Institutional players in the blockchain business have shown similar signs of buckling under the stress test as well. On Monday, BlockFi laid off 20% of its workforce in a move reminiscent of Robinhood’s mass layoff almost two months ago, and yesterday Coinbase nearly matched it by firing 18% of its staff. Also yesterday, whisperings of liquidity problems at Three Arrows Capital flew around Twitter and seemed to garner credence when, early this morning, CEO Su Zhu tweeted
cryptically, “We are in the process of communicating with relevant parties and fully committed to working this out.”
It’s been said that bear markets exist to kill off bad projects while the fittest survive. And the killing, it would seem, has begun.
“O Death, O Death!
Won’t you spare me away for another year?
Well, what is this that I can’t see
With ice cold hands takin’ hold of me?
“I am Death, none can excel
I’ll open the door to heaven or hell.
“O, Death,’ someone would pray
Could you wait to call me another day?…
“…No wealth, no ruin, no silver, no gold
Nothing satisfies me but your soul.”
—“O Death,” American Folk Song; Author Unknown
Today, as rumors continue to circulate about insolvencies, margin calls, further sell-offs, and the great fear that Bitcoin will dip below its previous cycle’s high, outright panic has gripped the markets. There are many, especially those who were around for previous cycles, who are taking comfort in the idea that this is business as usual, but for retail investors losing their shirts and for workers suddenly finding themselves out of jobs, the weekend was mostly devastating.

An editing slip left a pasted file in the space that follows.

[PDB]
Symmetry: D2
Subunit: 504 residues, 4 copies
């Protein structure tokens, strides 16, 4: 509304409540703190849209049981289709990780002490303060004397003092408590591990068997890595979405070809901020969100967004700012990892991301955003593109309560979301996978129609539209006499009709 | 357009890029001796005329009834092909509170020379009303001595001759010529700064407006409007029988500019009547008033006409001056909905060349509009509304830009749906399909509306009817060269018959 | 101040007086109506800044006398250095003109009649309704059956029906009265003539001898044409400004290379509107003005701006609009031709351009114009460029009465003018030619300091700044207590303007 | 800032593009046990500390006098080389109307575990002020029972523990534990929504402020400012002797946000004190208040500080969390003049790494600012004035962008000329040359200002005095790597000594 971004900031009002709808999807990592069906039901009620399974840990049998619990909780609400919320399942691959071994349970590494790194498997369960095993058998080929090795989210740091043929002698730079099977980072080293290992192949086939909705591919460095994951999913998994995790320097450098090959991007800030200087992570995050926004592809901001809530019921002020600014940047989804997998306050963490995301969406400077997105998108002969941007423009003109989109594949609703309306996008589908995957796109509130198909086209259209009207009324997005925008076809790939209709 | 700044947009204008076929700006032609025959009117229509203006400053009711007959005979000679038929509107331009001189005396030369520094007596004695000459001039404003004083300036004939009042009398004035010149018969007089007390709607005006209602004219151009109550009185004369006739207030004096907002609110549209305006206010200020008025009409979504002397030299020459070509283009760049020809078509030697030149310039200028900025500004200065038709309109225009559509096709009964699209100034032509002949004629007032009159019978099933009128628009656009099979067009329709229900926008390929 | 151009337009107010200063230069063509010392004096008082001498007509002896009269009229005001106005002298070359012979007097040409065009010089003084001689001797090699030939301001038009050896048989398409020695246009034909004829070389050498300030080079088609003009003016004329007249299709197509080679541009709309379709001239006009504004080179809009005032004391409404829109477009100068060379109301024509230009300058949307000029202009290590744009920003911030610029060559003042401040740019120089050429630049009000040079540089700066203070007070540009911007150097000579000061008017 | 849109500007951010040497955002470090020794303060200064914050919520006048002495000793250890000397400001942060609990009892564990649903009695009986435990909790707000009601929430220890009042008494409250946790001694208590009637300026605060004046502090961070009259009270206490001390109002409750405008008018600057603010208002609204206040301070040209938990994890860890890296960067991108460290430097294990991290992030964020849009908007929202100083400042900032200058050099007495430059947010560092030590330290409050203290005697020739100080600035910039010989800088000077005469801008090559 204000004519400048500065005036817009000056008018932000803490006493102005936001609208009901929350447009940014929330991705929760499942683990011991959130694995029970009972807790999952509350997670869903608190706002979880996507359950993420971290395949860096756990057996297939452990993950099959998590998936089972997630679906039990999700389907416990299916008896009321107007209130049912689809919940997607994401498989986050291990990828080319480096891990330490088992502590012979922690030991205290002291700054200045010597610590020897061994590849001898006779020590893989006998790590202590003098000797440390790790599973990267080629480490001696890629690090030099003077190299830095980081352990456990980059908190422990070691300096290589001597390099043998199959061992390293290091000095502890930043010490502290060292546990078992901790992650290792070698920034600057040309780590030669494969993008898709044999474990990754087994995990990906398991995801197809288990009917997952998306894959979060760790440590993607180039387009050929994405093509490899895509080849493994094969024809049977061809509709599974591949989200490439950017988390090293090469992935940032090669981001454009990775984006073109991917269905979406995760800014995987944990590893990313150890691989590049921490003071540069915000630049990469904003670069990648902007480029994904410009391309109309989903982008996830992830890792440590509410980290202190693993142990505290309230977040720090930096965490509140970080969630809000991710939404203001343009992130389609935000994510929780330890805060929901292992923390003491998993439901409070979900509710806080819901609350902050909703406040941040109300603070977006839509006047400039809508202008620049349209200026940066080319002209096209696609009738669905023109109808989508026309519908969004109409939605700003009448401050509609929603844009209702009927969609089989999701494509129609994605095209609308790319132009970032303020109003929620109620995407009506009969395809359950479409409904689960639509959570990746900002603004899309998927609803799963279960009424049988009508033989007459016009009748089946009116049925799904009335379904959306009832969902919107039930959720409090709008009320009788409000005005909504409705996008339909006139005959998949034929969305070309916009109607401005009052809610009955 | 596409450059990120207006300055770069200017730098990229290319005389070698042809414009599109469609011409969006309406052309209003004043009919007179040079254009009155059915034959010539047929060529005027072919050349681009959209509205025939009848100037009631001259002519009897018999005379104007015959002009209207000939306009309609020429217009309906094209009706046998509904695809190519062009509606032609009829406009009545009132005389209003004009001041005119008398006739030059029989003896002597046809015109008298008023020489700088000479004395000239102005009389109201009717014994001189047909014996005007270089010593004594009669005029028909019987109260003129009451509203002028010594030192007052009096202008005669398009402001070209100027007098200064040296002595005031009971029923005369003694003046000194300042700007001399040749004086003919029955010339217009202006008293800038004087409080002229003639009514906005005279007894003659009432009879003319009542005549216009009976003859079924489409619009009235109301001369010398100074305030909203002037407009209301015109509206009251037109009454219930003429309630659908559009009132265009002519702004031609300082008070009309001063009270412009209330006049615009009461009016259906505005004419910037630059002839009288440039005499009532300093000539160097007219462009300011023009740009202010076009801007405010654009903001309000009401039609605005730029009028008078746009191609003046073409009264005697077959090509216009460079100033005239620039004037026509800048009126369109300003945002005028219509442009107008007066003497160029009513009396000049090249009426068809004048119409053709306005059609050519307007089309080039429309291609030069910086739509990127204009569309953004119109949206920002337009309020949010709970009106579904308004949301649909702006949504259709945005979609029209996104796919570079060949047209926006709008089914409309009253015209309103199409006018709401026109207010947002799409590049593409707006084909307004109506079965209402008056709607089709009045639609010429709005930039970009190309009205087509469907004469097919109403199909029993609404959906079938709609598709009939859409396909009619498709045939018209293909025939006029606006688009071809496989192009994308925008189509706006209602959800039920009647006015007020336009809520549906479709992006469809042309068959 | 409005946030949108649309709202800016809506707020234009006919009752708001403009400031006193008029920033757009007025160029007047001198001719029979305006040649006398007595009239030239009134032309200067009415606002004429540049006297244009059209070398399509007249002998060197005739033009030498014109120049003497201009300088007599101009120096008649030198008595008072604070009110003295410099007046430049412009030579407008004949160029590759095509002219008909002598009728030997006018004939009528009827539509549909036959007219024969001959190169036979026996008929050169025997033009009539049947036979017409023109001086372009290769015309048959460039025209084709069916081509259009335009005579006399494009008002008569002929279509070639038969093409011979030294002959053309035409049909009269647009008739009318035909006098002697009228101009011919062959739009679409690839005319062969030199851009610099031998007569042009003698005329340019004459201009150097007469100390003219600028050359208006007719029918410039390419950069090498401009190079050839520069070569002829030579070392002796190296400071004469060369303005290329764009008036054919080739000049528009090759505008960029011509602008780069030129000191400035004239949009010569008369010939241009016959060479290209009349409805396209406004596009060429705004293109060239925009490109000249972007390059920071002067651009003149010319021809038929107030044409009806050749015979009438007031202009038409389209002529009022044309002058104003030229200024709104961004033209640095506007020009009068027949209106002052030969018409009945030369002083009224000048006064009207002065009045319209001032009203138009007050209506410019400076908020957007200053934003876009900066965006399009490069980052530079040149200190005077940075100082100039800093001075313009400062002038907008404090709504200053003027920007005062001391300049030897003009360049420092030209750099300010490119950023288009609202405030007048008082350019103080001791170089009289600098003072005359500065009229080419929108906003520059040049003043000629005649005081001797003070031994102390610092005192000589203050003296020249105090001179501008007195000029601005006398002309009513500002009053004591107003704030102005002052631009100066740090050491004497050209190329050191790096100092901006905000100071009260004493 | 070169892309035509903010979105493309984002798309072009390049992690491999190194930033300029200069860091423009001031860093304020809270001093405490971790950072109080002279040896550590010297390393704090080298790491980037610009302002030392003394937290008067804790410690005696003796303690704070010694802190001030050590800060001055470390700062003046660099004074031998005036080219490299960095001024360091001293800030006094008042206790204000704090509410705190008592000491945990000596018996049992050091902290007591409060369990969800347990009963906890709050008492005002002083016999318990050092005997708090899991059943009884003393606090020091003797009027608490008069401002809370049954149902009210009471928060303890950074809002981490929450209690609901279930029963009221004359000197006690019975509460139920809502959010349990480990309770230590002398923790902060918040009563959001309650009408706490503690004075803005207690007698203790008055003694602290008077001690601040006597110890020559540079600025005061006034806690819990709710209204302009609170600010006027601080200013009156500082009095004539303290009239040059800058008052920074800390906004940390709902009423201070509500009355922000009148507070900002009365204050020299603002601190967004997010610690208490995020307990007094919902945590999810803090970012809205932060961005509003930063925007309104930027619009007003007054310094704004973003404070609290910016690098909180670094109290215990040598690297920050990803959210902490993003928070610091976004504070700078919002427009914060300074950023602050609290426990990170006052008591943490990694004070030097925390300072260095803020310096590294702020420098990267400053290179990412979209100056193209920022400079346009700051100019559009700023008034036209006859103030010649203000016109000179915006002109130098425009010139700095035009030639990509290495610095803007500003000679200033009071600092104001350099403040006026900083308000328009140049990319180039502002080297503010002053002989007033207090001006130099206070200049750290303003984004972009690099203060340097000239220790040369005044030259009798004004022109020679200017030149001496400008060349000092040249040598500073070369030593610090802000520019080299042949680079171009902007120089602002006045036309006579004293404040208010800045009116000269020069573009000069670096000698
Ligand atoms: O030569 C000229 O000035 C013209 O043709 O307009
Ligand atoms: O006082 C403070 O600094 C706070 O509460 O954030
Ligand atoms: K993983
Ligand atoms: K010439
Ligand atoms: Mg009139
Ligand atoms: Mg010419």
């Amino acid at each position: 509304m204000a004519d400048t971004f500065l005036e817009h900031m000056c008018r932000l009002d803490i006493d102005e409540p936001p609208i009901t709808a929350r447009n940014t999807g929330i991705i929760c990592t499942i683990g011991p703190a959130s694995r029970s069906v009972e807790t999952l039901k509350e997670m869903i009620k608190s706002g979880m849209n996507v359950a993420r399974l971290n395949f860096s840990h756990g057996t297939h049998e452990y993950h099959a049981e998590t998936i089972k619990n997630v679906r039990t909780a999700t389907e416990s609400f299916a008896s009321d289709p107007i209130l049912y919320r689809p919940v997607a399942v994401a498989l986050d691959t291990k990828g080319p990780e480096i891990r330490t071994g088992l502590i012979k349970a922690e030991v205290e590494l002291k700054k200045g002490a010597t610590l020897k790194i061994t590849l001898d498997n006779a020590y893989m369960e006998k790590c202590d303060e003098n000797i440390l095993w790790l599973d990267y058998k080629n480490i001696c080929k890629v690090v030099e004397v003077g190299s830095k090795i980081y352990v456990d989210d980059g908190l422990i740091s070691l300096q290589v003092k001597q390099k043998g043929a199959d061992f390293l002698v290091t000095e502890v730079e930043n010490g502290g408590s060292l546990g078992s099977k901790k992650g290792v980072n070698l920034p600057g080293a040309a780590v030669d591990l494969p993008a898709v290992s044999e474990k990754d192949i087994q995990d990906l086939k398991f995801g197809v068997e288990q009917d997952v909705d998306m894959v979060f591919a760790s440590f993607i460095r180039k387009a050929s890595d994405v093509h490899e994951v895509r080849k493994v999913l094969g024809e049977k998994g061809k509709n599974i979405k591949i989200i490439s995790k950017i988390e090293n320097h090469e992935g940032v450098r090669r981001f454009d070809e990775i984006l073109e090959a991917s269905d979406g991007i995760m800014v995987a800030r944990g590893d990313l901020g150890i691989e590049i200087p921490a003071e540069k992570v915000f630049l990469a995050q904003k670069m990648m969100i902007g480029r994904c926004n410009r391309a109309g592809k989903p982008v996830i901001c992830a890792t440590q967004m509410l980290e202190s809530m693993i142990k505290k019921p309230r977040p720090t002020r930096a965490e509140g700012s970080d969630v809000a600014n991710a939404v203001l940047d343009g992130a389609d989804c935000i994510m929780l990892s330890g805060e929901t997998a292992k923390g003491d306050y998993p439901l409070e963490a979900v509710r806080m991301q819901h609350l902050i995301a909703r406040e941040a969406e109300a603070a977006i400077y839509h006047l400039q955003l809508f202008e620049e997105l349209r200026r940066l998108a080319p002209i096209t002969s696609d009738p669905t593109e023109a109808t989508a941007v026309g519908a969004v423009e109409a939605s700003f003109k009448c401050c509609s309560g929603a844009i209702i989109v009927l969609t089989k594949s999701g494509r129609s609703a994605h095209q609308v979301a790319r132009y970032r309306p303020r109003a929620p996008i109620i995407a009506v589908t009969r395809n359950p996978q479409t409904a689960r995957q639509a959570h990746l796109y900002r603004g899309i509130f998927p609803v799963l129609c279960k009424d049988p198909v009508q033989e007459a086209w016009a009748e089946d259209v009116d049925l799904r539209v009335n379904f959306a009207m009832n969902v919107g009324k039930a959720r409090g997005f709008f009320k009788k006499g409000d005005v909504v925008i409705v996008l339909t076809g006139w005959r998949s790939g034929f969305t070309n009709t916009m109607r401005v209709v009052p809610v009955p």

Nevertheless, the fact that liquidations are occurring and that overleveraged positions have put these institutional players in a tight spot should come as a surprise to exactly no one. If DeFi has anything in common with traditional finance, it’s a propensity to periodically (and suddenly) lose large amounts of money very quickly as a result of overexposure to risk. If you remember 2008, you know exactly what I mean, and you’ll recall that there were many cold years that followed.
During that crisis, the United States government sprang into action with the Economic Stimulus Act of 2008 and later the American Recovery and Reinvestment Act of 2009, which between them pumped almost $1 trillion into preventing the further collapse of any “too big to fail” financial institutions.
But for DeFi and CeDeFi protocols, there will be no such cavalry to come to the rescue. Instead, federal agencies across D.C. are studiously crafting crypto policy while the hawklike gaze of Gary Gensler is trained on the space like the Eye of Sauron. It may be 101° in the shade in Austin, but make no mistake about it—June this year is the deepest shade of crypto winter.
“Turn out the lights
The party’s over
They say that all good things must end.
Call it a night
The party’s over
And tomorrow starts the same old thing again.”
Disclosure: At the time of writing, the author of this piece owned BTC, ETH, and several other cryptocurrencies.